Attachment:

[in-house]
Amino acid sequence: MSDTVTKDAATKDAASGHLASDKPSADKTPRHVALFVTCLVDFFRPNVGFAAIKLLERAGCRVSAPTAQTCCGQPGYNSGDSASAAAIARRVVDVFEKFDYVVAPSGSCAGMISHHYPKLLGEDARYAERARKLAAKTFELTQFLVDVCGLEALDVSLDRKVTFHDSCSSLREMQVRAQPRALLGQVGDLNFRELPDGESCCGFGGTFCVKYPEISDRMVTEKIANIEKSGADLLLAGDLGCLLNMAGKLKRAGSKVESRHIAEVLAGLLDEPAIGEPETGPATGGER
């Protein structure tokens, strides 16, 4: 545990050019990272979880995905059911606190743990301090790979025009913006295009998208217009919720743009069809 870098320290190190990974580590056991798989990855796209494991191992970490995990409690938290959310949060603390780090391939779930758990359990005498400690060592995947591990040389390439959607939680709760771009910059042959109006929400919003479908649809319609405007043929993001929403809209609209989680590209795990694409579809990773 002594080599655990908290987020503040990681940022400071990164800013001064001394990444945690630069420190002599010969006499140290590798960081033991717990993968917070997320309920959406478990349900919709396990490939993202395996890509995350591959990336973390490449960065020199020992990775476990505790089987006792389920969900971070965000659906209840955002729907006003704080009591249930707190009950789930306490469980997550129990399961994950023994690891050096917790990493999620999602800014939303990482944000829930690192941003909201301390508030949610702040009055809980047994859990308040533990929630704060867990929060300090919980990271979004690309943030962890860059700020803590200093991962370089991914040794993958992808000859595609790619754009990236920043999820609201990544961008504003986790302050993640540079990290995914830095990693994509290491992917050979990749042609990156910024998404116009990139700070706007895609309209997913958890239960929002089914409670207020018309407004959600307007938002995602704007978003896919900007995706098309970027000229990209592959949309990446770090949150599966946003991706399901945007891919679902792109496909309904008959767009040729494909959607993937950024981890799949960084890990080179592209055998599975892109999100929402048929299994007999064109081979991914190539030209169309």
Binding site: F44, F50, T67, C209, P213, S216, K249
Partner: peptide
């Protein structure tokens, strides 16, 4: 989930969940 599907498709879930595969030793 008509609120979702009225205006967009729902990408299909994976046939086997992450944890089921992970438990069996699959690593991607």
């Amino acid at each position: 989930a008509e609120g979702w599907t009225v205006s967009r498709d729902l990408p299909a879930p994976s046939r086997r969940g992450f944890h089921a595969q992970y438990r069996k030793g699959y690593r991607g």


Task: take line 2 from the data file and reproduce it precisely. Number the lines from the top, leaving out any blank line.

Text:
Amino acid sequence: MSDTVTKDAATKDAASGHLASDKPSADKTPRHVALFVTCLVDFFRPNVGFAAIKLLERAGCRVSAPTAQTCCGQPGYNSGDSASAAAIARRVVDVFEKFDYVVAPSGSCAGMISHHYPKLLGEDARYAERARKLAAKTFELTQFLVDVCGLEALDVSLDRKVTFHDSCSSLREMQVRAQPRALLGQVGDLNFRELPDGESCCGFGGTFCVKYPEISDRMVTEKIANIEKSGADLLLAGDLGCLLNMAGKLKRAGSKVESRHIAEVLAGLLDEPAIGEPETGPATGGER